Cryptocurrency crashes do not deter players

 Billions of dollars in capitalization were blown away after the collapse of Luna, but many people continue to pour money in with the belief that the project will revive.

Since May 9, the cryptocurrency market has been in turmoil as the prices of two Terra tokens, Luna and UST, have been in free fall, from a market capitalization of more than $30 billion a week earlier to around $70 million. Players around the world almost lost their accounts after the crash, "sharks" like Changpeng Zhao, founder of cryptocurrency exchange Binance, or billionaire Michael Novogratz of Galaxy Digital investment fund were also blown away. hundreds of millions of dollars.

Many investors lost their savings and fell into debt when the Luna project collapsed. Photo: Nasdag
Many investors fell into debt when the Luna project collapsed. Photo: Unsplash

How does Luna cost players?

Surgeon Keith Baldwin, 44 years old in Massachusetts (USA), told the Wall Street Journal that he has saved $ 177,000 in 10 years. Last year, he invested his money in USD Coin (cryptocurrency pegged to the USD) with an interest rate of 9% a year. In April, he transferred all of his money into TerraUSD (UST) with 15% interest. When UST plunged, more than 90% of his money "evaporated" in a few days.

Baldwin says he is not a fan of cryptocurrencies. He wanted to use his savings to buy a house and send his children to school, but Tera's collapse ruined all his plans. Now this doctor is having to tighten his spending to make up for the lost money. "I don't want my children to be implicated for the mistake I made," he said.

Meanwhile, a woman named Valeria, 47 years old in Buenos Aires (Argentina) told Rest of World that she earns 300 USD a month selling food at home. However, due to inflation and insecurity about keeping money, she used all of her $1,000 savings and $500 borrowed to invest in UST. This woman believes the advertisement that UST is pegged 1:1 to USD.

Valeria carefully spent months learning about the Terra project before investing. But in May, the "catastrophe" Luna took place, causing the price of UST to plummet, losing the one dollar mark. Now, UST is only 3% of its value. Watching her savings fly away, Valeria was helpless when she couldn't withdraw, all Luna and UST transactions were stopped. “I am disappointed and frustrated for having invested in a falling stablecoin,” she said.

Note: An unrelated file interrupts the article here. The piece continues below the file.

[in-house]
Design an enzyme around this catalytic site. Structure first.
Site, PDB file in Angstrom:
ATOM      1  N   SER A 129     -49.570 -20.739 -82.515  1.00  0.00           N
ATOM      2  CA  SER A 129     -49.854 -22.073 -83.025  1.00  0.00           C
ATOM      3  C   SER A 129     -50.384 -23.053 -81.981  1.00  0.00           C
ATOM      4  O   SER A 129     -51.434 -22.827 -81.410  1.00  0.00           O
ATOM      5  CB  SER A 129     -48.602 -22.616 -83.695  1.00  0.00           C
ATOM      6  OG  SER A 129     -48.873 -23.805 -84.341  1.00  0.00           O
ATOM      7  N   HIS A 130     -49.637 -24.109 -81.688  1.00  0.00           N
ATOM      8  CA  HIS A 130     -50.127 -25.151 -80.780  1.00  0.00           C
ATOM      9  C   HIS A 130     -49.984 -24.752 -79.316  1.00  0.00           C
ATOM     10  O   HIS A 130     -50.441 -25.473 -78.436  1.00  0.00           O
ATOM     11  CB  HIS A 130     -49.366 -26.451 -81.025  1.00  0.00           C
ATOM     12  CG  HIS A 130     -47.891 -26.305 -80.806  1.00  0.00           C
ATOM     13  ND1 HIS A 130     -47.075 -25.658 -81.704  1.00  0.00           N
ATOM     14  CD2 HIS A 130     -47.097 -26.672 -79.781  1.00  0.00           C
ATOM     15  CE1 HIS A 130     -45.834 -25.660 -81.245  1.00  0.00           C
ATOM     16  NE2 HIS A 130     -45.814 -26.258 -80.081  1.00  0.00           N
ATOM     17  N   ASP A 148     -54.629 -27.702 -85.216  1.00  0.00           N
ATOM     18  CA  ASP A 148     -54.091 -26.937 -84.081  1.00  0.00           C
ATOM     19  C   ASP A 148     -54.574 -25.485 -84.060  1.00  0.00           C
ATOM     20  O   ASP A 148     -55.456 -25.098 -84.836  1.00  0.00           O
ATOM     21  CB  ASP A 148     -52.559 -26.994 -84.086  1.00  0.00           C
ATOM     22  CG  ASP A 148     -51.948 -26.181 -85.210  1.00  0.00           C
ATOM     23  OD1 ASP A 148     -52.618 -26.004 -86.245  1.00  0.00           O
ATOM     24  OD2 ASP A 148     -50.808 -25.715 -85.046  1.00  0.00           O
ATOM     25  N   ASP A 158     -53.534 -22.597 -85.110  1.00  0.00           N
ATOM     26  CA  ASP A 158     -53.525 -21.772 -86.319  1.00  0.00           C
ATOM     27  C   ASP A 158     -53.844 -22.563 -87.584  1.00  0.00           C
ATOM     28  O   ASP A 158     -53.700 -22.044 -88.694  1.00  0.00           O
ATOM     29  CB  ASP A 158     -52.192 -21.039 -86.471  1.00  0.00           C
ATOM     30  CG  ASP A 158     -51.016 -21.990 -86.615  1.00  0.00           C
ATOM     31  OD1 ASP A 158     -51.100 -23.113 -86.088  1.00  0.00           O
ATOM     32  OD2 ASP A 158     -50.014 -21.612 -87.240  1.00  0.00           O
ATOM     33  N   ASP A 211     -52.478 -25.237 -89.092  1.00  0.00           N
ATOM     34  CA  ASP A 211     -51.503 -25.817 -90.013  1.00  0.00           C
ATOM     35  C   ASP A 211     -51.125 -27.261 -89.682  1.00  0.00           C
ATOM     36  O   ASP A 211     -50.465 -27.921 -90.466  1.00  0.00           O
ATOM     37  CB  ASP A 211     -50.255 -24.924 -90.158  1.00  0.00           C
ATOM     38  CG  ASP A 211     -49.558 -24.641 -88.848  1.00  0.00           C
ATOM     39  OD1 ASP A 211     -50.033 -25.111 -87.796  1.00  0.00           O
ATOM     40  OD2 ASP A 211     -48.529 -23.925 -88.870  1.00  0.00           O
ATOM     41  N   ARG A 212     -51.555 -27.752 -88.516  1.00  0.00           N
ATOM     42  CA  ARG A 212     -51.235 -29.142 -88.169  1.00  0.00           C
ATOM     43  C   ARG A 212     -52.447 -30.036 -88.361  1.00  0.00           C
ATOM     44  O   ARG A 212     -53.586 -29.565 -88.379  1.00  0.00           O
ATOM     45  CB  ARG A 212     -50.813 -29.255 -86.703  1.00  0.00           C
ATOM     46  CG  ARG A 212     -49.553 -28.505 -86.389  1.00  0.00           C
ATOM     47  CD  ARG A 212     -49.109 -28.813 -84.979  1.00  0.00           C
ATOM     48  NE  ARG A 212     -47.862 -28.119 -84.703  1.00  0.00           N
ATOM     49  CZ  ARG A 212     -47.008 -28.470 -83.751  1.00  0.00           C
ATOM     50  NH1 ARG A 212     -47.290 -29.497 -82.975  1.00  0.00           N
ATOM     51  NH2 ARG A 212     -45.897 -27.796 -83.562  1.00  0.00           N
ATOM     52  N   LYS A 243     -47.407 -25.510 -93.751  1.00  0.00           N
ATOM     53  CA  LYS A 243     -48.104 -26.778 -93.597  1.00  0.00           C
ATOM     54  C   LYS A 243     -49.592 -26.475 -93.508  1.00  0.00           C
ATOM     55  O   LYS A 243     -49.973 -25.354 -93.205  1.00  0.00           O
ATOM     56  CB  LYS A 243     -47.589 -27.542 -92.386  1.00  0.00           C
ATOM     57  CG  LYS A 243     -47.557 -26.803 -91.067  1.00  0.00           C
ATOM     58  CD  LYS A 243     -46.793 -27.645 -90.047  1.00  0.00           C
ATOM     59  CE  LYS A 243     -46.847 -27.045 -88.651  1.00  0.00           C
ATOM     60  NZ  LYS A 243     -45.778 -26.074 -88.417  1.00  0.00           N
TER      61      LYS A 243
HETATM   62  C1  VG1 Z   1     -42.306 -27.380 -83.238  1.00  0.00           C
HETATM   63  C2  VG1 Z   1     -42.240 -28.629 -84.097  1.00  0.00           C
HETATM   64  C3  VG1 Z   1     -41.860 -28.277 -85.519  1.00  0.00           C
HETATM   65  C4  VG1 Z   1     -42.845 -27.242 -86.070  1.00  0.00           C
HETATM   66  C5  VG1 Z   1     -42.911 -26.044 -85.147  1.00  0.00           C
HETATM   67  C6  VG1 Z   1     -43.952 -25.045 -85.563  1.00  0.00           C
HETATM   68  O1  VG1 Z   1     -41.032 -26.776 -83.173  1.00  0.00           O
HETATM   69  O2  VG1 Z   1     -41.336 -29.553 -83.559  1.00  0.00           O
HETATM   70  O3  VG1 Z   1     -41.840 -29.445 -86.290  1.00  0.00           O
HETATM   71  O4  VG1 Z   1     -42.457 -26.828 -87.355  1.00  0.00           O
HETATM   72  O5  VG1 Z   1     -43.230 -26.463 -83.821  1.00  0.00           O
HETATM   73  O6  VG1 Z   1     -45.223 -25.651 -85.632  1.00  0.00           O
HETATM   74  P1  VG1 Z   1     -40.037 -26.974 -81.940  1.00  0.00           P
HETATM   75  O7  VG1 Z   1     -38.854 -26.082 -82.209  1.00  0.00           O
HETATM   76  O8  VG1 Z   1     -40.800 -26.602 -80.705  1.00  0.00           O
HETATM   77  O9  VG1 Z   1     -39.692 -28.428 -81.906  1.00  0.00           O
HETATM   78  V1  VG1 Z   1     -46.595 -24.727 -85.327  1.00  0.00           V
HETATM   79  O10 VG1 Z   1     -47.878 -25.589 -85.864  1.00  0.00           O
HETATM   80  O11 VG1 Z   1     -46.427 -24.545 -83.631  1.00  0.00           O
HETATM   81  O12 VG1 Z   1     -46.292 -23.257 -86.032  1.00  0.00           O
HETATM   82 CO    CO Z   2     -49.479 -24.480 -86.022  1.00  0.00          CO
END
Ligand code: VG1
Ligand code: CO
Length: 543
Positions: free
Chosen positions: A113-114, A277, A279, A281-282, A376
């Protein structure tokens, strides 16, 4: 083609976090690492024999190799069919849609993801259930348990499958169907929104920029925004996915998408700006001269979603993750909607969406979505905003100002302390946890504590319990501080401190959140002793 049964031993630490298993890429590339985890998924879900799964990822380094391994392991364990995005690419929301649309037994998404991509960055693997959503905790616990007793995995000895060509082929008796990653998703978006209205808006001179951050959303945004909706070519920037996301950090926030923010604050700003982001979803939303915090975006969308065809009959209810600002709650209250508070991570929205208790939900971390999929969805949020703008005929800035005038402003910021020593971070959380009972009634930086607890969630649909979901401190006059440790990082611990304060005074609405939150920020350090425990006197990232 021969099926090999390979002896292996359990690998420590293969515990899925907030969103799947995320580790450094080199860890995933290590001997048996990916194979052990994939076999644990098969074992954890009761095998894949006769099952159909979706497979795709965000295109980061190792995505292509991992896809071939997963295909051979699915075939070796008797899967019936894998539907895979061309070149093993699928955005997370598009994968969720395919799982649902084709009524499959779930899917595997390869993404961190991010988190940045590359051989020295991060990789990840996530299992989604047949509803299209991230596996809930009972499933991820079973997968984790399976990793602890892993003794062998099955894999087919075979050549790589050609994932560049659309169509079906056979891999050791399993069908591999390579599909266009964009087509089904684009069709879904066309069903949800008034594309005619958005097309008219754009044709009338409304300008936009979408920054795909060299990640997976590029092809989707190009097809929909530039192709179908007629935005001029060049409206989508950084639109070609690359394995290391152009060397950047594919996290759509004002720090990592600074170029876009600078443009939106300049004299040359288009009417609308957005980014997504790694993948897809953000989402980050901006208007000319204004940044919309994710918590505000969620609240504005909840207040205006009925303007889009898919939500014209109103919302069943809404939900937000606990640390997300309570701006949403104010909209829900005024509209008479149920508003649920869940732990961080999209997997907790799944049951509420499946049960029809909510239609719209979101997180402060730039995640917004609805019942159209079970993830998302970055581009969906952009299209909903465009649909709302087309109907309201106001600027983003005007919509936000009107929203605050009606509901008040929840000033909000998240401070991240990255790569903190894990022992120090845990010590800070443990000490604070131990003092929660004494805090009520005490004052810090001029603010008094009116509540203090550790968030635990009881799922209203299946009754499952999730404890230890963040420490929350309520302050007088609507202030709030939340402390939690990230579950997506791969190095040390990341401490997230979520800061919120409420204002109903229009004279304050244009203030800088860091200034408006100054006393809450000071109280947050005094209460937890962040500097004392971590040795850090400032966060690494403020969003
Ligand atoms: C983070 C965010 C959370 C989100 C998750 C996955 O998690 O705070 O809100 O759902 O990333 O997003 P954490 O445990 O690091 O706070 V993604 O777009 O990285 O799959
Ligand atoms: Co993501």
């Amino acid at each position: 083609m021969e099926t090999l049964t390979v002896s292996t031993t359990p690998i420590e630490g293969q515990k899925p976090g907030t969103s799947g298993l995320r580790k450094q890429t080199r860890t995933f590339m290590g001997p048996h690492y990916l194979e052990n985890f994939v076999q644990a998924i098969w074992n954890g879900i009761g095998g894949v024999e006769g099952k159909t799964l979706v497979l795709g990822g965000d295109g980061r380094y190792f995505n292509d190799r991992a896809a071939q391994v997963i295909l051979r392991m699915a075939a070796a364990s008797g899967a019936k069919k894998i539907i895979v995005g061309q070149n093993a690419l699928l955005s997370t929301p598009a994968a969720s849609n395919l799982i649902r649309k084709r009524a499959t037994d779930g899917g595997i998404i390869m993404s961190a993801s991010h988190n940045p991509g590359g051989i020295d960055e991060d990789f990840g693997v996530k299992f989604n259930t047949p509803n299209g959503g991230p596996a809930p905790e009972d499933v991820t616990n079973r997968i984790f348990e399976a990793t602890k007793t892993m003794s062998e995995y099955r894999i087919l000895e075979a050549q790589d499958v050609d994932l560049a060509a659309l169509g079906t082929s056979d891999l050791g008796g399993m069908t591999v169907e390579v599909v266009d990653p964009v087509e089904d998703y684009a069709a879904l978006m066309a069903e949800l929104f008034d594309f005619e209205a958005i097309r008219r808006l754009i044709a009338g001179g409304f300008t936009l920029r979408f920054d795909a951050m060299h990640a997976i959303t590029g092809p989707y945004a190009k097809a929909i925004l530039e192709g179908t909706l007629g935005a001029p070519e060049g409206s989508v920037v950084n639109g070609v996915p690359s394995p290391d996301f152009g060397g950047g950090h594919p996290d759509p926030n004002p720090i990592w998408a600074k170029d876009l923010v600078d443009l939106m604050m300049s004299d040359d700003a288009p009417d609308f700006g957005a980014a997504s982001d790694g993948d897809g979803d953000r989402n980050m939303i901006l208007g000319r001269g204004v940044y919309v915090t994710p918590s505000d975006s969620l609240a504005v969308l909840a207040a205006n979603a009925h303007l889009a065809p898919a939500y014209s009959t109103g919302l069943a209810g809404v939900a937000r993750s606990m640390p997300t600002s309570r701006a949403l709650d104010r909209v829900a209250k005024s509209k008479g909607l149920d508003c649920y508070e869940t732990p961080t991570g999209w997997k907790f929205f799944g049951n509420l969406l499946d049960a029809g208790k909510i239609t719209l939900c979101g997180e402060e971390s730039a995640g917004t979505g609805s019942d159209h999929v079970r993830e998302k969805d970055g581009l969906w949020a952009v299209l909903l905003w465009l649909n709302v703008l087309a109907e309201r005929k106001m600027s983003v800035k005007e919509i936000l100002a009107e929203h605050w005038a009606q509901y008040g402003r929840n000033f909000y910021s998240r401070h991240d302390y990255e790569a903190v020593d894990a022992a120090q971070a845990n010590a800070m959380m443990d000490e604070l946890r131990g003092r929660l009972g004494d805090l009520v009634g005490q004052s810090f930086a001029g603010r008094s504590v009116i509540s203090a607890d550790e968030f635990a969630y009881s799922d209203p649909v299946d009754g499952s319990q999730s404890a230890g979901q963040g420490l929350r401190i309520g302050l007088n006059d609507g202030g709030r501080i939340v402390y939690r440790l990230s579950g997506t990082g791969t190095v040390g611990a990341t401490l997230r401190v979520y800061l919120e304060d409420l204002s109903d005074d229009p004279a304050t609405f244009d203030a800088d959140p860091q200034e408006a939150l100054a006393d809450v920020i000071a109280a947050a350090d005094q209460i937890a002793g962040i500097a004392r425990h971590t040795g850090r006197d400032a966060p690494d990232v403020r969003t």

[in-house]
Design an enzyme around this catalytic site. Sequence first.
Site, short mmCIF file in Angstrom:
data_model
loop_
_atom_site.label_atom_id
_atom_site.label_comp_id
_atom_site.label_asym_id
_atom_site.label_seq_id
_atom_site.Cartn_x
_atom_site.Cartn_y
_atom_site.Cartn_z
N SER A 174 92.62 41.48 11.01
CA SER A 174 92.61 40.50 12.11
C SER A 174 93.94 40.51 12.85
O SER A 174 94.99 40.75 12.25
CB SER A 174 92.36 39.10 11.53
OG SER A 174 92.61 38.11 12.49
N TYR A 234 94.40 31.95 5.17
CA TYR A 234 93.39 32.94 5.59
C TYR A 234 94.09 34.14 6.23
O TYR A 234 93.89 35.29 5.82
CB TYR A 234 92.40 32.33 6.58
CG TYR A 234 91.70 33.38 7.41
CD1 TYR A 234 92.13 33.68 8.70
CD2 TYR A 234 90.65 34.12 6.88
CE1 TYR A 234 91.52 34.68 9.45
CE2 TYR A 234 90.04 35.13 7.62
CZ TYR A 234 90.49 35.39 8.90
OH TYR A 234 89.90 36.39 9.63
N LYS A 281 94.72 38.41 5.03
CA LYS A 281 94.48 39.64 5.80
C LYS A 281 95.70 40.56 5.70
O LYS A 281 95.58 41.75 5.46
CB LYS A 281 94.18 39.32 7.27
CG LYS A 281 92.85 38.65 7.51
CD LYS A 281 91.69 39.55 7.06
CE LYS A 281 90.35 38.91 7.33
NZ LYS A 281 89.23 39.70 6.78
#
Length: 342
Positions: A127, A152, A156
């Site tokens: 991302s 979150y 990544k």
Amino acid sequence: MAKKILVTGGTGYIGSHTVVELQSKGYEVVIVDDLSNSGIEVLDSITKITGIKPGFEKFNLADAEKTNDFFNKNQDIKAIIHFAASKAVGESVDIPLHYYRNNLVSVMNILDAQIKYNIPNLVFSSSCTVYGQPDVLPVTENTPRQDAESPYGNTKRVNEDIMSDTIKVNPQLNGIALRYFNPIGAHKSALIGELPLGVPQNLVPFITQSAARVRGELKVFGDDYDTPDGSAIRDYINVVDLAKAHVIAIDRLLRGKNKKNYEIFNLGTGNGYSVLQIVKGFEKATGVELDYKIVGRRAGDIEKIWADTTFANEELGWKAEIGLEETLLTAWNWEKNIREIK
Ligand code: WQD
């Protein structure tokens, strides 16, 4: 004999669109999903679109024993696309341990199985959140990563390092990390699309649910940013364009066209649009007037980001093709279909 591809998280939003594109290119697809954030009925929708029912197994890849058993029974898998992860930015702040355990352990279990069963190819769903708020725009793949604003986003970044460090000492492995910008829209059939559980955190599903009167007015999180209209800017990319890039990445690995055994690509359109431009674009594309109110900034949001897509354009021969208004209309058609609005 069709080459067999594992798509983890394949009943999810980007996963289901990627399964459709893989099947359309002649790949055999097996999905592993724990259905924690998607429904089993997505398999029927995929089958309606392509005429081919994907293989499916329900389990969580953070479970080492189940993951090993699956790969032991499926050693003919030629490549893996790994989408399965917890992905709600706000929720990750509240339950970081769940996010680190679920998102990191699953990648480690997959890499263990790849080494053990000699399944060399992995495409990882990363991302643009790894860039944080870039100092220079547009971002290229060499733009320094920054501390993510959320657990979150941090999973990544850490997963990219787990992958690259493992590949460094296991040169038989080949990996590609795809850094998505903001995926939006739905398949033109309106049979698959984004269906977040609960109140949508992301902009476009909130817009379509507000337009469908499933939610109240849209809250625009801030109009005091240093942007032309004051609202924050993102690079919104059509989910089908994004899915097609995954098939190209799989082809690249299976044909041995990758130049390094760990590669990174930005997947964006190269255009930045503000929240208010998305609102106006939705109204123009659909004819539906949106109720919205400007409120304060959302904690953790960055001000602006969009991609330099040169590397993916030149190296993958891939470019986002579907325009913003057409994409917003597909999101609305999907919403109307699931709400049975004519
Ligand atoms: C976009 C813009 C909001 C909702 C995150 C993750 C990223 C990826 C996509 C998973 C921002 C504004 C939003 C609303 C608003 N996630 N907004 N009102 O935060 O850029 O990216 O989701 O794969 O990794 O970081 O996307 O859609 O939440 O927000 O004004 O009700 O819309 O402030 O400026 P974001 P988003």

No lessons learned

According to Vice, the Luna crisis contributed to wiping out $1.6 trillion in the market capitalization of the cryptocurrency market. But not long after the "pain" that Terra caused, on May 28, the new protocol Terra 2.0 was approved and officially launched. A few hours later, some exchanges started listing Luna 2.0 and the coin was actively traded. The token price sometimes increased 60 times to 30 USD but quickly fell to 6 USD.

"A recently disbanded protocol is revived and the market is still buzzing as if nothing happened, billions of dollars continue to be poured into new projects," Vice commented.

Another example of the madness of the crypto market is that at the end of May, Adam Neumann, the scandalous former CEO of WeWork, returned to the Flowcarbon project with the goal of tackling climate change with blockchain. Specifically, he wants to put CO2 credits (Carbon Credits) on the blockchain, making CO2 trading easy and cross-border. According to economics professor Robert Mendelsohn at Yale University, this is actually just a purely economic and money-making project, because buying and selling CO2 credits does not help reduce emissions to the environment.

Neumann has been known as a "super cheat" in the technology startup world since 2019. He once exaggerated about his startup, helping the company to be valued at $ 47 billion. However, after the IPO filing was announced, WeWork's disastrous results showed that the company had no means to achieve such a huge valuation.

Despite the notoriety of the founder and the meaninglessness of the project, Flowcarbon still received a $70 million funding from an affiliate of a16z, a well-known venture capital firm in the crypto world.

Economist Paul Krugman says large investors like a16z and individual users seem to have nowhere else to go. Many people look to cryptocurrencies as an investment, similar to real estate before, no matter how big of a risk they carry.

According to Vice, cryptocurrencies are being viewed as a commodity, not much mentioned about security or sustainable development after the crisis. People lost everything when participating in the cryptocurrency market more and more, but the projects that have just collapsed continue to be revived spectacularly. In the whirlpool of the cryptocurrency market, users are constantly calling to "catch the bottom" but no one knows where the bottom is really. "After the turmoil of the market, it seems that there are no clear lessons to be learned, no one learns after the crashes," the site said.

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